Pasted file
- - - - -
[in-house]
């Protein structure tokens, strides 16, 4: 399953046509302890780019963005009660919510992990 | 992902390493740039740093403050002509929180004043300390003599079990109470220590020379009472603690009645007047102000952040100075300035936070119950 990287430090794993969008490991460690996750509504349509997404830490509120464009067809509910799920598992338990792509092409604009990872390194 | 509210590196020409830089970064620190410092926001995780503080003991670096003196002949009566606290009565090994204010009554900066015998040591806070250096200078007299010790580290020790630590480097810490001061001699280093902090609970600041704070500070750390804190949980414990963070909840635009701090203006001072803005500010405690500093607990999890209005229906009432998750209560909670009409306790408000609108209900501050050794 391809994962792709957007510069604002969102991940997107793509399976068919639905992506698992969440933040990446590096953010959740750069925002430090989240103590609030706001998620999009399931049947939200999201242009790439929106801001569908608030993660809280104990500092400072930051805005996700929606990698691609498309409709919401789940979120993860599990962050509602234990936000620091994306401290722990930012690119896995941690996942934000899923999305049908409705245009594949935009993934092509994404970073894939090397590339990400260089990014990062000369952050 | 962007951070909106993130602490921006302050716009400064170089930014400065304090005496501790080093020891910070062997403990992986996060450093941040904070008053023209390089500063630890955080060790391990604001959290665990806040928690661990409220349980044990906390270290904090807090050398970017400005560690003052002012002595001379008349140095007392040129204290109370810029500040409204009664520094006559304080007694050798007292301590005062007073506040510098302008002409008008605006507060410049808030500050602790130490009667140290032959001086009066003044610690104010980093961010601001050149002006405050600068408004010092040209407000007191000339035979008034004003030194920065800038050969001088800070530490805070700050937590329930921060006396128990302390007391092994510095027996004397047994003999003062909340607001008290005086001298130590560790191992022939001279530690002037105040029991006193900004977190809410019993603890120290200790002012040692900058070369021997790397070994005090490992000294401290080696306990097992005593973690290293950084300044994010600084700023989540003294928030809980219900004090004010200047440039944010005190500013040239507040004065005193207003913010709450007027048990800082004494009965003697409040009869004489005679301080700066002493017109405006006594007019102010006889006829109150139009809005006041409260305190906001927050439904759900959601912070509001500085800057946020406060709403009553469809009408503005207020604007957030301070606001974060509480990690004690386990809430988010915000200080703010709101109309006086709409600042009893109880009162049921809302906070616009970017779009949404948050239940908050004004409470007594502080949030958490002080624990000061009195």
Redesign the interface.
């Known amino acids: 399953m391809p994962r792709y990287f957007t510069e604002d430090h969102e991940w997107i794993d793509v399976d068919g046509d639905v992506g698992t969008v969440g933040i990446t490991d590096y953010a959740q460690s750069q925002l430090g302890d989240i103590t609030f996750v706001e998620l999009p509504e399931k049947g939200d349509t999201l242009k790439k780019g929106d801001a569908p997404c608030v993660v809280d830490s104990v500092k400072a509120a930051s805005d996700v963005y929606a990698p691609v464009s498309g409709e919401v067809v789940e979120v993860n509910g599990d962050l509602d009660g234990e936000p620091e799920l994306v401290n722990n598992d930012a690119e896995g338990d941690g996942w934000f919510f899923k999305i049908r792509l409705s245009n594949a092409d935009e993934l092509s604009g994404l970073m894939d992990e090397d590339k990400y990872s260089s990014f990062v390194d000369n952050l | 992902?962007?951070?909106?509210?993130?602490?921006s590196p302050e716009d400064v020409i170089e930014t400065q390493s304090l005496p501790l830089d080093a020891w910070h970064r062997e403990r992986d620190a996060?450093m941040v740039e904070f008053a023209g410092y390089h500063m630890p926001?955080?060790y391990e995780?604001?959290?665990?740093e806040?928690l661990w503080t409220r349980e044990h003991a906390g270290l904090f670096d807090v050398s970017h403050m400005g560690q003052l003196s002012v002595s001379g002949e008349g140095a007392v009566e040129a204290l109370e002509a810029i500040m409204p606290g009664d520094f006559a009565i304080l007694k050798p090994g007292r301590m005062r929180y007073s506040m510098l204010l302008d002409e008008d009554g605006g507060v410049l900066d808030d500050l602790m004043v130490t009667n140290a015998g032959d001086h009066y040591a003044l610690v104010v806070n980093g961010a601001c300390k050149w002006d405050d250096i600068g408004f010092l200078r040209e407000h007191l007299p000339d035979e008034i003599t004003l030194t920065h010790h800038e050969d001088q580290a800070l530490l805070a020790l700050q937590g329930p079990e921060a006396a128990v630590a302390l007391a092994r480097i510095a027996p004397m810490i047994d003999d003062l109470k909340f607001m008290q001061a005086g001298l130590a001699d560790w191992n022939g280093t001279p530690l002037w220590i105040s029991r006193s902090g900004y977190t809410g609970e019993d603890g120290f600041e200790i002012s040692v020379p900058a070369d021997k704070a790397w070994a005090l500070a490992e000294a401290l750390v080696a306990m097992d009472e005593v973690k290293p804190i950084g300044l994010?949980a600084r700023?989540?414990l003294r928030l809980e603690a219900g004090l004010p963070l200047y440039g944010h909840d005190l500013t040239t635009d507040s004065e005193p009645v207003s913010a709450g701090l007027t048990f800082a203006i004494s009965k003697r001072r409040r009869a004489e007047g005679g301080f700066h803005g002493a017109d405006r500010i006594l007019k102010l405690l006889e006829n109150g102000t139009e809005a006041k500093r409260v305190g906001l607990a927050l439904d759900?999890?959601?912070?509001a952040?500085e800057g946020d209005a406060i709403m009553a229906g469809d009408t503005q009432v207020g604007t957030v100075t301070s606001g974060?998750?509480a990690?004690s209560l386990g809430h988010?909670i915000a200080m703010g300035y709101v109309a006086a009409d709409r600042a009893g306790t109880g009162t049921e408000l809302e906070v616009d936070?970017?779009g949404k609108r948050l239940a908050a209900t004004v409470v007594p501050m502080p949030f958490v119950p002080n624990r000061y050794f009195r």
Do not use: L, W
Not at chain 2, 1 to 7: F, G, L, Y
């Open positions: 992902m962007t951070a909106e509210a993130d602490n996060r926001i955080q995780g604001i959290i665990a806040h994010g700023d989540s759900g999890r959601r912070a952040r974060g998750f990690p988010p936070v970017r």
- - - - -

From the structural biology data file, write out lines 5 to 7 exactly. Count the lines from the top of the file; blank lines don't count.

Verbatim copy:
Do not use: L, W
Not at chain 2, 1 to 7: F, G, L, Y
């Open positions: 992902m962007t951070a909106e509210a993130d602490n996060r926001i955080q995780g604001i959290i665990a806040h994010g700023d989540s759900g999890r959601r912070a952040r974060g998750f990690p988010p936070v970017r």